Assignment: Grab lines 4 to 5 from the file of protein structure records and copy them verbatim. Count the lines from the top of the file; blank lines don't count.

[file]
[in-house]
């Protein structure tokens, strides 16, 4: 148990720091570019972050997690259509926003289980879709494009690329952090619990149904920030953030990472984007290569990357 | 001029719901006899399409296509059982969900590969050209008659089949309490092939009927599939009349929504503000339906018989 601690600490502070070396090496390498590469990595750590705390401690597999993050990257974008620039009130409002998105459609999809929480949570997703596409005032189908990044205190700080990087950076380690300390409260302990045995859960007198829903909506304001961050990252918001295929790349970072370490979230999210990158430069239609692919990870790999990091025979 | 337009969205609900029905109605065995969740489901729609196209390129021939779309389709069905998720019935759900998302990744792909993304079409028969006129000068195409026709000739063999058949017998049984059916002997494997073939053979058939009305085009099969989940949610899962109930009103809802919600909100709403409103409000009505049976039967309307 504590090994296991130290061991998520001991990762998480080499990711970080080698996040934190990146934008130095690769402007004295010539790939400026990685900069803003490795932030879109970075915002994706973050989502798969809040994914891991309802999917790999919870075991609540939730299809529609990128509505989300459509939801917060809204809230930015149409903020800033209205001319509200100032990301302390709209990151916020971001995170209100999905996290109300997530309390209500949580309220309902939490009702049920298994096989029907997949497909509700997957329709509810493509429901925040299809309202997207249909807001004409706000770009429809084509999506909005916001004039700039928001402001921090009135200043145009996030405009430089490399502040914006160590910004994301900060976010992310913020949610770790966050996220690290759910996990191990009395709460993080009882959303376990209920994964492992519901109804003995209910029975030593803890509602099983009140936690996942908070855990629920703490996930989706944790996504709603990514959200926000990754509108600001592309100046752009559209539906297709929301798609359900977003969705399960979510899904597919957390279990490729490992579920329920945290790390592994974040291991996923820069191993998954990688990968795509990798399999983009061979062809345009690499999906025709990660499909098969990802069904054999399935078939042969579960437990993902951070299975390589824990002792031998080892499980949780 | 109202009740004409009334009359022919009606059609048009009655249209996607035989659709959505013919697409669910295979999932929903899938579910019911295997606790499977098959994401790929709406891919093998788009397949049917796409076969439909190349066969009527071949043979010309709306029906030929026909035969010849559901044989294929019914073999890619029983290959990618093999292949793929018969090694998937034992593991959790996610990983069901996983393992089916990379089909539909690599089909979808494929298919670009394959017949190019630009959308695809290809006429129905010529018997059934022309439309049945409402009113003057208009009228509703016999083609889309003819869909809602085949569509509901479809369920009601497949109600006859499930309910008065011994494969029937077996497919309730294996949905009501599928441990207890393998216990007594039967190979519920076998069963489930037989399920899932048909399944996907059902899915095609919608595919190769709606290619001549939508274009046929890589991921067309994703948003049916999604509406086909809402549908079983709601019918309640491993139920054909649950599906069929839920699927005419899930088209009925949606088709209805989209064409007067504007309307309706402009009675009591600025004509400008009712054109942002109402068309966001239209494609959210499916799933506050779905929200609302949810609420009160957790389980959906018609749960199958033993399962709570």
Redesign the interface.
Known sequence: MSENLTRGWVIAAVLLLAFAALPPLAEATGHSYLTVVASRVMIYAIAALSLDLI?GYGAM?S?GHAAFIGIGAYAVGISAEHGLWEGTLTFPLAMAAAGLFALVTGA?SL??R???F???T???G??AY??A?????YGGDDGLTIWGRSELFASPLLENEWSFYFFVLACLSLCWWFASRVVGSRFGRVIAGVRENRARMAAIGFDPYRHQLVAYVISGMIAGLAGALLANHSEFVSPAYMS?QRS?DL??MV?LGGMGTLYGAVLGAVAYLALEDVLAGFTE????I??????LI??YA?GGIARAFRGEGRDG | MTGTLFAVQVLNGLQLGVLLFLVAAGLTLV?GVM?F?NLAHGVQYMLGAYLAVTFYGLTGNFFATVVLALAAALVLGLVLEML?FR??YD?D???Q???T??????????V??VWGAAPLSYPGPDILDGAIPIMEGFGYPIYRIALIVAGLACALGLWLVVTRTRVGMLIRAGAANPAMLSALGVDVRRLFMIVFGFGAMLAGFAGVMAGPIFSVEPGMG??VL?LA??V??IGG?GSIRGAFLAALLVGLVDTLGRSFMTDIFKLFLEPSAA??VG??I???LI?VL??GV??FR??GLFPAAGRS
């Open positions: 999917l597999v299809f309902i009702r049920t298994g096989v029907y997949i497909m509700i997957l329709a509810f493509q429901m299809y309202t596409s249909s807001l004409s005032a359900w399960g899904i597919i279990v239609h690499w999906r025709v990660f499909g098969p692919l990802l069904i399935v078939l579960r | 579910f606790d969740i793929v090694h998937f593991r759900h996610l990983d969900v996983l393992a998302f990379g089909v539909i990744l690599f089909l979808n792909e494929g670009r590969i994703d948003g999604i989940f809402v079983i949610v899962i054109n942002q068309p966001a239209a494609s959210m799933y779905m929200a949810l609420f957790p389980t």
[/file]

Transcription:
Known sequence: MSENLTRGWVIAAVLLLAFAALPPLAEATGHSYLTVVASRVMIYAIAALSLDLI?GYGAM?S?GHAAFIGIGAYAVGISAEHGLWEGTLTFPLAMAAAGLFALVTGA?SL??R???F???T???G??AY??A?????YGGDDGLTIWGRSELFASPLLENEWSFYFFVLACLSLCWWFASRVVGSRFGRVIAGVRENRARMAAIGFDPYRHQLVAYVISGMIAGLAGALLANHSEFVSPAYMS?QRS?DL??MV?LGGMGTLYGAVLGAVAYLALEDVLAGFTE????I??????LI??YA?GGIARAFRGEGRDG | MTGTLFAVQVLNGLQLGVLLFLVAAGLTLV?GVM?F?NLAHGVQYMLGAYLAVTFYGLTGNFFATVVLALAAALVLGLVLEML?FR??YD?D???Q???T??????????V??VWGAAPLSYPGPDILDGAIPIMEGFGYPIYRIALIVAGLACALGLWLVVTRTRVGMLIRAGAANPAMLSALGVDVRRLFMIVFGFGAMLAGFAGVMAGPIFSVEPGMG??VL?LA??V??IGG?GSIRGAFLAALLVGLVDTLGRSFMTDIFKLFLEPSAA??VG??I???LI?VL??GV??FR??GLFPAAGRS
């Open positions: 999917l597999v299809f309902i009702r049920t298994g096989v029907y997949i497909m509700i997957l329709a509810f493509q429901m299809y309202t596409s249909s807001l004409s005032a359900w399960g899904i597919i279990v239609h690499w999906r025709v990660f499909g098969p692919l990802l069904i399935v078939l579960r | 579910f606790d969740i793929v090694h998937f593991r759900h996610l990983d969900v996983l393992a998302f990379g089909v539909i990744l690599f089909l979808n792909e494929g670009r590969i994703d948003g999604i989940f809402v079983i949610v899962i054109n942002q068309p966001a239209a494609s959210m799933y779905m929200a949810l609420f957790p389980t």